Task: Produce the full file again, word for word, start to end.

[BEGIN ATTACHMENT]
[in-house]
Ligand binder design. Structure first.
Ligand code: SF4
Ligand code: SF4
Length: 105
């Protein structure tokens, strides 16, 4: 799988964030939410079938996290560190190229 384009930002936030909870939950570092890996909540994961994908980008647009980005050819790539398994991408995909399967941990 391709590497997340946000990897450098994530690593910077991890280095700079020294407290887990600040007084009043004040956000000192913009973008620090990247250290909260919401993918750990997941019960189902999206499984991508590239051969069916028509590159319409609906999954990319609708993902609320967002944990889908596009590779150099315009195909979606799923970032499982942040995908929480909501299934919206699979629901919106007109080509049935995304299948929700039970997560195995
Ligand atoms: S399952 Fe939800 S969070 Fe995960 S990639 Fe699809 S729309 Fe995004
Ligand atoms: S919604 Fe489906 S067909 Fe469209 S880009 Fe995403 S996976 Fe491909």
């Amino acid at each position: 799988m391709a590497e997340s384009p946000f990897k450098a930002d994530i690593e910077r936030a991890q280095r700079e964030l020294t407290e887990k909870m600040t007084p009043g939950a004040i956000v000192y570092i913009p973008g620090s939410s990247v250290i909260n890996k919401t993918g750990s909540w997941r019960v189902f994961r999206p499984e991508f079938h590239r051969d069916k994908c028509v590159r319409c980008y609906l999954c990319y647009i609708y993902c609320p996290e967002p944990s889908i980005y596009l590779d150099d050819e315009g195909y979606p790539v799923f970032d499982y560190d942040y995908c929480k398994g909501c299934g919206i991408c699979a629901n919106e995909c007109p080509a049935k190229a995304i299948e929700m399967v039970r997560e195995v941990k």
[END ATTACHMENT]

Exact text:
[in-house]
Ligand binder design. Structure first.
Ligand code: SF4
Ligand code: SF4
Length: 105
């Protein structure tokens, strides 16, 4: 799988964030939410079938996290560190190229 384009930002936030909870939950570092890996909540994961994908980008647009980005050819790539398994991408995909399967941990 391709590497997340946000990897450098994530690593910077991890280095700079020294407290887990600040007084009043004040956000000192913009973008620090990247250290909260919401993918750990997941019960189902999206499984991508590239051969069916028509590159319409609906999954990319609708993902609320967002944990889908596009590779150099315009195909979606799923970032499982942040995908929480909501299934919206699979629901919106007109080509049935995304299948929700039970997560195995
Ligand atoms: S399952 Fe939800 S969070 Fe995960 S990639 Fe699809 S729309 Fe995004
Ligand atoms: S919604 Fe489906 S067909 Fe469209 S880009 Fe995403 S996976 Fe491909």
């Amino acid at each position: 799988m391709a590497e997340s384009p946000f990897k450098a930002d994530i690593e910077r936030a991890q280095r700079e964030l020294t407290e887990k909870m600040t007084p009043g939950a004040i956000v000192y570092i913009p973008g620090s939410s990247v250290i909260n890996k919401t993918g750990s909540w997941r019960v189902f994961r999206p499984e991508f079938h590239r051969d069916k994908c028509v590159r319409c980008y609906l999954c990319y647009i609708y993902c609320p996290e967002p944990s889908i980005y596009l590779d150099d050819e315009g195909y979606p790539v799923f970032d499982y560190d942040y995908c929480k398994g909501c299934g919206i991408c699979a629901n919106e995909c007109p080509a049935k190229a995304i299948e929700m399967v039970r997560e195995v941990k």